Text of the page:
Closed for reinvention. Back soon.
"You come home, you order out food...and then you play those stupid Tito Puente albums until 2 in the morning!"
"Tito Puente is gonna be dead, and you'll say: 'Oh, I've been listening to him for years. He's fabulous.' "
update II: be sure to check out the beehive to the right of the screen at 0:08. Like a Nascar Nefertiti!
Did somebody say "twang"?
The Osborne Brothers, Ruby, Are You Mad?
I can only think of two forms of original American folk music, the blues and bluegrass. The blues are subterranean rhythms that strip away all pretense and adornment to allow the unimpeded expression of desire and sorrow. Bluegrass is similarly engaged, yet impelled in the other direction, toward the sky. Where the blues and funk envelop you in the soil of earthen, down-tempo bass chords, bluegrass carries you into the heavens on manic high notes. Blues is earth; bluegrass is sky.
The nearness of nature and its inexorable pull are the common feature. Both evoke the primary and unequivocal realities of desire, family, toil and loss. The unavoidable immediacy of these things in the hungry and desperate experience of the rural poor of the early twentieth century is what gives these forms their inimitable beauty. We are drawn to these as authentic expressions of joy and sorrow no longer possible. The American pastoral.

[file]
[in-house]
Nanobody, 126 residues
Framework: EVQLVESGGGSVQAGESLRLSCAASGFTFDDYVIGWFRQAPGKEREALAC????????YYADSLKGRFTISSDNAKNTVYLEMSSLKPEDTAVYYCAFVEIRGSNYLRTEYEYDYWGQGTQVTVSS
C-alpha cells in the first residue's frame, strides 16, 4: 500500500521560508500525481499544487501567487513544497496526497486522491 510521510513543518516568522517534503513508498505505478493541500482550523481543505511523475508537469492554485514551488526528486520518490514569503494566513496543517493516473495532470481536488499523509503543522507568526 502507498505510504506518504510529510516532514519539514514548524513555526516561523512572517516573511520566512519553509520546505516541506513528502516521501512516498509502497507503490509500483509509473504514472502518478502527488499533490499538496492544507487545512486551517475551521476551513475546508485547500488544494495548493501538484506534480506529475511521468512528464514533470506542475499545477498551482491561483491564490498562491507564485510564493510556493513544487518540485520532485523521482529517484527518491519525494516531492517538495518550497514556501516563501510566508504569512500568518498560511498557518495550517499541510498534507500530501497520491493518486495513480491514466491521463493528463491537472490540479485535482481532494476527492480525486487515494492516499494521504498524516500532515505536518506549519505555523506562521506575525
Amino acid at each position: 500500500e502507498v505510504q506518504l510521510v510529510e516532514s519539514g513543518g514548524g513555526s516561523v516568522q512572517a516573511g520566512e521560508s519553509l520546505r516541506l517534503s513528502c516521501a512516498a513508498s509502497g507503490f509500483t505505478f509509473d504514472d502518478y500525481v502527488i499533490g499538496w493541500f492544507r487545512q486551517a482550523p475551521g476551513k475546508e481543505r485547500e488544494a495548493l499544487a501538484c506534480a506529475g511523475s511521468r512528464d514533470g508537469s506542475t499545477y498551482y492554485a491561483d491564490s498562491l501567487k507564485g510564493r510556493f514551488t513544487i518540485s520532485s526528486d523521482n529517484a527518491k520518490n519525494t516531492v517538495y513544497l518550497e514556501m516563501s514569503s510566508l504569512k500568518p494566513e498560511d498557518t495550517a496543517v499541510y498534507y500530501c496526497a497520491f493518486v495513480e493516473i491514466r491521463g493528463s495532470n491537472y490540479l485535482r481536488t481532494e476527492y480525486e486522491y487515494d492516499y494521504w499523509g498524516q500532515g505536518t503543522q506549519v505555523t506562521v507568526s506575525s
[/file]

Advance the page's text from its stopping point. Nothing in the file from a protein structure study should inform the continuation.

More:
I was trapped in traffic with nothing but an AM radio to distract me, in LA, when I abandoned the droning obscenity of the OJ trial to land on a non-profit station's bluegrass hour. What the hell. Random finds are the best finds. That's when I first heard this song. This piercing, high lonesome lament was like the lunatic ravings of a mental patient. I had "discovered" something that had been there the whole time. Who knew?
Now; leave me alone, I have work to do.